God has promised those of you who have attained to faith and do righteous deeds that, of a certainty, He will cause them to accede to power on earth,71
even as He caused [some of] those who lived before them to accede to it; and that, of a certainty, He will firmly establish for them the religion which He has been pleased to bestow on them;72
and that, of a certainty, He will cause their erstwhile state of fear to be replaced bv a sense of security73
- [Iseeine that] they worship Me [alone], not ascribing divine powers to aught beside Me.74
But all who, after [having understood] this, choose to deny the truth - it is they, they who are truly iniquitous!
Lit., "cause them to be successors on earth"-i.e., enable them to achieve, in their turn power and security and, thus, the capability to satisfy their worldly needs. This Qur'anic reference to God's "promise" contains an oblique allusion to the God-willed natural law which invariably makes the rise and fall of nations dependent on their moral qualities.
Cf. 5:3 -"I have willed that self-surrender unto Me (al-islam) shall be your religion". Its "firm establishment" (tamkin) relates to the strengthening of the believers' faith as well as to the growth of its moral influence in the world.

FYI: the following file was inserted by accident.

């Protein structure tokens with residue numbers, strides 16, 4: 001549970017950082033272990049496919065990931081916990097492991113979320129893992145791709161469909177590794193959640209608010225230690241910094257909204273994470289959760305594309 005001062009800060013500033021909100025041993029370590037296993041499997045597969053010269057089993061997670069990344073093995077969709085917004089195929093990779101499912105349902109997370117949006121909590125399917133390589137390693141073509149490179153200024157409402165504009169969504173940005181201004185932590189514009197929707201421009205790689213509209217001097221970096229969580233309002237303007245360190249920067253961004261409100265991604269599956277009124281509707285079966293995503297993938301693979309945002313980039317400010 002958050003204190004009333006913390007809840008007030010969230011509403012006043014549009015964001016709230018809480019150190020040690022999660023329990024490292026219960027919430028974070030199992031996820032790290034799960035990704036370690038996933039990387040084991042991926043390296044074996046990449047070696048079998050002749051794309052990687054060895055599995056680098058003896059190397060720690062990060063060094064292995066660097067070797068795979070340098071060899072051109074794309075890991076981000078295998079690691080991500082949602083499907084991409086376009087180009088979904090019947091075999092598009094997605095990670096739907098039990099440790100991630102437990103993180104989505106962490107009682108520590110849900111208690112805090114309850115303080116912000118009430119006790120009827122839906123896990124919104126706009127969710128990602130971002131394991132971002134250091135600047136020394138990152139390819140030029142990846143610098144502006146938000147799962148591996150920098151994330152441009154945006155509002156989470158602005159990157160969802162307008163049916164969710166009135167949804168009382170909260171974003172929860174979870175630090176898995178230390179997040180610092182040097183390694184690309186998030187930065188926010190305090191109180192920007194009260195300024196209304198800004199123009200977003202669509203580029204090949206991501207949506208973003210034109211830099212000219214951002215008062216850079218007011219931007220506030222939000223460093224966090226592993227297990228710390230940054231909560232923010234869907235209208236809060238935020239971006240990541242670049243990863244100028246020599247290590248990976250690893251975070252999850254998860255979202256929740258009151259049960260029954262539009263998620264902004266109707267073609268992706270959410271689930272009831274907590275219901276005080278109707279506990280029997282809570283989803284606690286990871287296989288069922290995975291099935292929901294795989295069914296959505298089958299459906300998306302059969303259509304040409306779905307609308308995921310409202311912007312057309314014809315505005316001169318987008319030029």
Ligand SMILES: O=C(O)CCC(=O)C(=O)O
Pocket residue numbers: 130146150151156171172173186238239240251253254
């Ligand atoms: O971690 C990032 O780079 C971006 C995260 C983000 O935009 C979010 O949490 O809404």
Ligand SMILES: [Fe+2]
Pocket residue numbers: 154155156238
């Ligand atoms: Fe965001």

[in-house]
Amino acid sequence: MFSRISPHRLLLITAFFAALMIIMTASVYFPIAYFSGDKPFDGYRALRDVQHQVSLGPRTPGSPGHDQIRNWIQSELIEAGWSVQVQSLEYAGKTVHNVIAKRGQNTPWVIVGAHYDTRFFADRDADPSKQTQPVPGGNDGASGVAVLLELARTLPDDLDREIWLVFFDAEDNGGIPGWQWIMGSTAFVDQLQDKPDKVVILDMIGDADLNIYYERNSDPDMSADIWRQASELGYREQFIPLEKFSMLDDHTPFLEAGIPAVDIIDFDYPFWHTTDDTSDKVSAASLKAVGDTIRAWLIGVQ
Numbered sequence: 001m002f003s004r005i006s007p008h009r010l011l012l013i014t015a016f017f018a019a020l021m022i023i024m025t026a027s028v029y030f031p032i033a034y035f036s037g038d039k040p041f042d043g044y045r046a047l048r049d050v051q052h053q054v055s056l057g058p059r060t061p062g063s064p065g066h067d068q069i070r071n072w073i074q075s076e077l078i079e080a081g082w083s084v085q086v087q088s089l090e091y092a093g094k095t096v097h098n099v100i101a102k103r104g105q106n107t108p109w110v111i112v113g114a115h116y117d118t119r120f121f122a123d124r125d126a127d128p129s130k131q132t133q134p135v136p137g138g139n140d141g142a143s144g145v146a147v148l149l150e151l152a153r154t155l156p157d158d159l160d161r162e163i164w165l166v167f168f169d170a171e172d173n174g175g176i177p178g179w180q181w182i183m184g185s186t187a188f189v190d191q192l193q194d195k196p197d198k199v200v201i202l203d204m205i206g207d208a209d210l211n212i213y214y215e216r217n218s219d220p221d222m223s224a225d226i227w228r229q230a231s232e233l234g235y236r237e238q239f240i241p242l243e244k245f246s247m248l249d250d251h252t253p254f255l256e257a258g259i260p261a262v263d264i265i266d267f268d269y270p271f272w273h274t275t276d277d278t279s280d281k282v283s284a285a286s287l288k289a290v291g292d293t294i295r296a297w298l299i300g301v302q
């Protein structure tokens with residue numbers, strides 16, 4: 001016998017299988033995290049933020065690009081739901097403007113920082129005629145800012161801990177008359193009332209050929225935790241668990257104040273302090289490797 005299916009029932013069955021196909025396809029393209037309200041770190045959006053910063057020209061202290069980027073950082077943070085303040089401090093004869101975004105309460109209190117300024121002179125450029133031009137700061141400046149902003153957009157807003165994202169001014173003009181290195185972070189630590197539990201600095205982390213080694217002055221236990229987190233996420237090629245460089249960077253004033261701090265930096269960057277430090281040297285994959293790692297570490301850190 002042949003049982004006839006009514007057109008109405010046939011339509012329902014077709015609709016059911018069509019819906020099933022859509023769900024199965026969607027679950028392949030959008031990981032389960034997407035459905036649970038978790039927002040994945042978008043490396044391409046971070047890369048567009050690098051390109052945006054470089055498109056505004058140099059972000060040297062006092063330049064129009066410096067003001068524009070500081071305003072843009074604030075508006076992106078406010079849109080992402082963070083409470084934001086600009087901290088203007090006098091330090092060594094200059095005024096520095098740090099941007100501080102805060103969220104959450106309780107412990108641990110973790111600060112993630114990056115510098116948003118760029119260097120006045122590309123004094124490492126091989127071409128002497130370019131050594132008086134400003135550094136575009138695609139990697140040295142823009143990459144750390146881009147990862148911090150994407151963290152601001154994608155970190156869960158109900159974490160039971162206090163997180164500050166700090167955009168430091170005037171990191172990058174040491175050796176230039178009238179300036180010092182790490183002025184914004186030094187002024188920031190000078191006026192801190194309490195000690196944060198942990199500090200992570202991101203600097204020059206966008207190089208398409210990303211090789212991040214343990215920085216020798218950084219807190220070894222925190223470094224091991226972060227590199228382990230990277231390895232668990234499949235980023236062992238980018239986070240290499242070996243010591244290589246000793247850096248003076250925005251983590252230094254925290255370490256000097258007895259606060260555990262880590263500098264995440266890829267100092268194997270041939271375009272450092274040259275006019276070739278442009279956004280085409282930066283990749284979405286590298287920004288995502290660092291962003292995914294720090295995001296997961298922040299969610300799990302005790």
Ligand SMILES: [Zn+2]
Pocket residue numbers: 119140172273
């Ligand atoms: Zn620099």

Lit., "exchange for them, after their fear [or "danger"], security". It is to be noted that the term amn sigifies not merely outward, physical security but also - and, indeed, originally - "freedom from fear" (Taj al-'Arus). hence, the above clause implies not only a promise of communal security after an initial period of weakness and danger (which, as history tells us, overshadows the beginnings of every genuine religious movement), but also the promise of an individual sense of inner security - that absence of all fear of the Unknown which characterizes a true believer. (See next note.)
I.e., the believer's freedom from fear is a direct outcome of his intellectual and emotional refusal to attribute to anyone or anything but God the power to shape his destiny.